Russia’s first cargo and passenger ship-to-ship LNG-bunkering vessel has been set afloat — shipyard specialists having completed the main stage in the vessel’s construction, including assembling the hull and installing LNG fuel tanks and other auxiliary systems, in record time. The vessel has been moved to dock for final installation of navigation systems and controls, and installation of key equipment rooms. Sea trials are planned for spring 2021.
The LNG-bunkering vessel, named in honour of the great Russian chemist and researcher Dmitry Mendeleev, will join Gazprom Neft’s fleet in the second half of 2021. This new vessel will provide transportation and bunkering of low-tonnage LNG fuel at ports in the Gulf of Finland and the Baltic Sea — including St Petersburg, Ust-Luga and Primorsk.
Designing the Gazprom Neft LNG-bunkering vessel has involved cutting-edge shipbuilding and LNG storage and transportation technologies, with equipment being fully compliant with international MARPOL Convention standards and ECO-S environmental certification. The vessel has been designed on the basis of “zero emissions”, with its propulsion system fuelled by LNG stripping-gas.
The vessel is 100 metres in length, 19 metres wide, and can transport up to 5,800 m3 of liquid natural gas. Its Arc4 ice-class reinforced hull means it can navigate one-year-old ice of up to 80 cm thick independently, while its integrated digital system means it can be controlled by just one crew member, directly from the navigation bridge.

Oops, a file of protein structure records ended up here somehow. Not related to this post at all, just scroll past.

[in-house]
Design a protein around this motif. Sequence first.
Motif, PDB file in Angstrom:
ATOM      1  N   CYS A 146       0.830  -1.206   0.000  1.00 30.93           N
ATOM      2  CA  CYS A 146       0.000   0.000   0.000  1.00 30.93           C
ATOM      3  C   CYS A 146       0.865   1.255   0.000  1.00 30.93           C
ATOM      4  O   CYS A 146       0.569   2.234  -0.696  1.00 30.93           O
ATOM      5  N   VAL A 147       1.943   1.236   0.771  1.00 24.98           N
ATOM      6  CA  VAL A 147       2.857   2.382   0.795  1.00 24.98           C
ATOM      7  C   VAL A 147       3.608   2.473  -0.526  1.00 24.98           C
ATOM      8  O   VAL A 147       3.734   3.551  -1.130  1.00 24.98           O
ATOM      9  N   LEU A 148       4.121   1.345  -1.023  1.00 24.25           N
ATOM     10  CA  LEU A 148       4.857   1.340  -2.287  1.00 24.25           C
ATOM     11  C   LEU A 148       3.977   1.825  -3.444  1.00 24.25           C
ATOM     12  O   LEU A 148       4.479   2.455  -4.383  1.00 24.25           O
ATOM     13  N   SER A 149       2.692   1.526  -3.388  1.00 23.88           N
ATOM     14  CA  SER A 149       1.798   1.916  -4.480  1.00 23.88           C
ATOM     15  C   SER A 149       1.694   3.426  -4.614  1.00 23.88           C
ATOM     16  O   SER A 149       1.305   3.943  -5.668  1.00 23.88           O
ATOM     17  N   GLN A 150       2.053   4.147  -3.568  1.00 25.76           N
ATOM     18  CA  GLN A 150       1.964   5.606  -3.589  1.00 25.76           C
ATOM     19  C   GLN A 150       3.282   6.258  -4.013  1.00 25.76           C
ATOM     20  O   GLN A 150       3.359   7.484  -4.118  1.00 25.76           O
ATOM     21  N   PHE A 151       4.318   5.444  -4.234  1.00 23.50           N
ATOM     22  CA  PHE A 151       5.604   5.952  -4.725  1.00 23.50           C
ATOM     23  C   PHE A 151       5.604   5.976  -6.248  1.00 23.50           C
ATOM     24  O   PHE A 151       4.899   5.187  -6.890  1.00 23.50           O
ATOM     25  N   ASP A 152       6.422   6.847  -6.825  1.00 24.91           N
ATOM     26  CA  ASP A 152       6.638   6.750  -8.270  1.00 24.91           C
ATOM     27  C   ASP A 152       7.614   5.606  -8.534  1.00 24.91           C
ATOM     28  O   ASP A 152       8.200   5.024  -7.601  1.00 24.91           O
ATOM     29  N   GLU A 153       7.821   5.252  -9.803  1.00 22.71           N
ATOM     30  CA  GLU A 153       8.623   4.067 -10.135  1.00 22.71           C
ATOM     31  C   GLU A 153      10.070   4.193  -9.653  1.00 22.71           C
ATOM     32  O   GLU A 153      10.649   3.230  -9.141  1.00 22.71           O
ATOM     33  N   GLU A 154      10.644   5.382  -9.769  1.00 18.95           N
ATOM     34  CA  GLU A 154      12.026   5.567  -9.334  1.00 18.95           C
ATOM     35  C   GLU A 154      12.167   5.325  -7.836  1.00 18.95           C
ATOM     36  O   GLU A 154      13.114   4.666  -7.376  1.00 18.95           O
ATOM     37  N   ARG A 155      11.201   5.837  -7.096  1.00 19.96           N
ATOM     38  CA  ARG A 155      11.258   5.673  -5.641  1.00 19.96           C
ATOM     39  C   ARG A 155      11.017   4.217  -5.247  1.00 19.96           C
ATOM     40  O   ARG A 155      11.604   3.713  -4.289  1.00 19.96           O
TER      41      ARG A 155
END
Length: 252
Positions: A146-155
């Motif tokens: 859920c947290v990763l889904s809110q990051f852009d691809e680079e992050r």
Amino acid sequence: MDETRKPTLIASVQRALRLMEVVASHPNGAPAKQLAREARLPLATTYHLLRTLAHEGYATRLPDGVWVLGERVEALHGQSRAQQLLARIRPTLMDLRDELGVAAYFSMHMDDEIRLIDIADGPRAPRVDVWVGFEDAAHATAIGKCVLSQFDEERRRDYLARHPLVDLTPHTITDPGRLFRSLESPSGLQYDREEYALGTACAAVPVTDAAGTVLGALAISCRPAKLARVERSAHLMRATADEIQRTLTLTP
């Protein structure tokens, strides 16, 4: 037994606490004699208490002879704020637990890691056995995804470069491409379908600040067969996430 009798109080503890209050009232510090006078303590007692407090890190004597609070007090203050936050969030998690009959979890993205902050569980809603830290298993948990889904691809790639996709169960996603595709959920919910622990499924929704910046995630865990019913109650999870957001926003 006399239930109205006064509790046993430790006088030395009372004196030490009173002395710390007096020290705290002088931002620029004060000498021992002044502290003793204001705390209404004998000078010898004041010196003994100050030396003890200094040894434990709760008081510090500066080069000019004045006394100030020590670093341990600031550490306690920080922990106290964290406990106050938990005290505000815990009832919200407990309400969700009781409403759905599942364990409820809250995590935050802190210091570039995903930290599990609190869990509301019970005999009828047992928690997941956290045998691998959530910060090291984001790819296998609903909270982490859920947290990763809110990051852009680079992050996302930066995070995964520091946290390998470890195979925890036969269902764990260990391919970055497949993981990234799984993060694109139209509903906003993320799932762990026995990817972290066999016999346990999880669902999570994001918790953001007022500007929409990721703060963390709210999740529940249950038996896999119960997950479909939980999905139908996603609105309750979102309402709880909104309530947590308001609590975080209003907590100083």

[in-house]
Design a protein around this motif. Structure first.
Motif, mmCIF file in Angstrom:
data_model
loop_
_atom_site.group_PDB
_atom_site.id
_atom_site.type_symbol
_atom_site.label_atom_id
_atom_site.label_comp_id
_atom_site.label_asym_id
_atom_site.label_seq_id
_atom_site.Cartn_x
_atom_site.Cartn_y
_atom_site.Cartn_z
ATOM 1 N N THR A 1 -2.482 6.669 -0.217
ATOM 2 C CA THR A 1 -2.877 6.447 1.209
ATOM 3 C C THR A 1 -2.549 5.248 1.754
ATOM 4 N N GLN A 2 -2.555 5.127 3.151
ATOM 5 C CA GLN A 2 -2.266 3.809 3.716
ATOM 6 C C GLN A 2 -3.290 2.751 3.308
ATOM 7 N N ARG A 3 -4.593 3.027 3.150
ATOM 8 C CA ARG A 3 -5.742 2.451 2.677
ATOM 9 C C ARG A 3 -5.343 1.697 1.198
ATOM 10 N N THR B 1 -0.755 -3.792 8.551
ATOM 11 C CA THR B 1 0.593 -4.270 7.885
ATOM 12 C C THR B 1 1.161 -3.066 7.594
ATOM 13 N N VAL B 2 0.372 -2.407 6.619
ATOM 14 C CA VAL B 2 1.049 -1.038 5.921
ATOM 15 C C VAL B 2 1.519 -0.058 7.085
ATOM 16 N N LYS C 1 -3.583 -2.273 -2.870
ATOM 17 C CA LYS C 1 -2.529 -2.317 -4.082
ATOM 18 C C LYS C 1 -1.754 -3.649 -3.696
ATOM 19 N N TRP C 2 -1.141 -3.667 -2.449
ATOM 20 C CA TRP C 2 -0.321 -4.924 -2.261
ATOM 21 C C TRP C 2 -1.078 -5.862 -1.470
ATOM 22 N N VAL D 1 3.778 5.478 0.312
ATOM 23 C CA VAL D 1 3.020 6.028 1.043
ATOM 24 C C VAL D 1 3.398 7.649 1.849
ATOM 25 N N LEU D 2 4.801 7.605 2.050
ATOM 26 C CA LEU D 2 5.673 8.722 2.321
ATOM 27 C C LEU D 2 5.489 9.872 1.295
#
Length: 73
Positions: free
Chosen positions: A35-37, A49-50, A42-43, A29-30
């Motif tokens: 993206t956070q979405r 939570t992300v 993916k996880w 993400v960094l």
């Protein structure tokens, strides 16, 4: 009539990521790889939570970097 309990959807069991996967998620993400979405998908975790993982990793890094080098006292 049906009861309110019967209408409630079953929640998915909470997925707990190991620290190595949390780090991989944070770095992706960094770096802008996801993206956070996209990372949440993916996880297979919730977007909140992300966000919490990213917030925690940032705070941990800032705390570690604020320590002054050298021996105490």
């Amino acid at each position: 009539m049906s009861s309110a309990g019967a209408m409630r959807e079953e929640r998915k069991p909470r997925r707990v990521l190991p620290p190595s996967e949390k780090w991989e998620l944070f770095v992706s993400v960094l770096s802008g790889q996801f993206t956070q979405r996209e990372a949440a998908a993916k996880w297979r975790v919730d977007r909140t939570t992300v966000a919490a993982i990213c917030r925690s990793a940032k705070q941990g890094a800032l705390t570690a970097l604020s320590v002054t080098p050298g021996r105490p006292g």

“Its environmental and performance characteristics are going to see liquid natural gas becoming one of the main motor fuels in the medium term, in considerable demand in international shipping. Our company was the first in Russia to initiate a project on building a LNG-powered vessel for bunkering. This is a key stage in developing domestic eco-friendly shipping. Completing the construction and commissioning of our own high-tech LNG-bunkering vessel next year will mark another major step forward here.”Anatoly Cherner Deputy CEO for Logistics, Processing and Sales, Gazprom Neft
* “Ship-to-ship” bunkering involves ships being refueled directly from the deck of a specialist bunkering vessel. This technology means bunkering can be undertaken when ships are moored or docked at a pier.
Liquified natural gas (LNG) consists mainly of methane, artificially liquefied by cooling to −160°C — at which point the volume of gas is reduced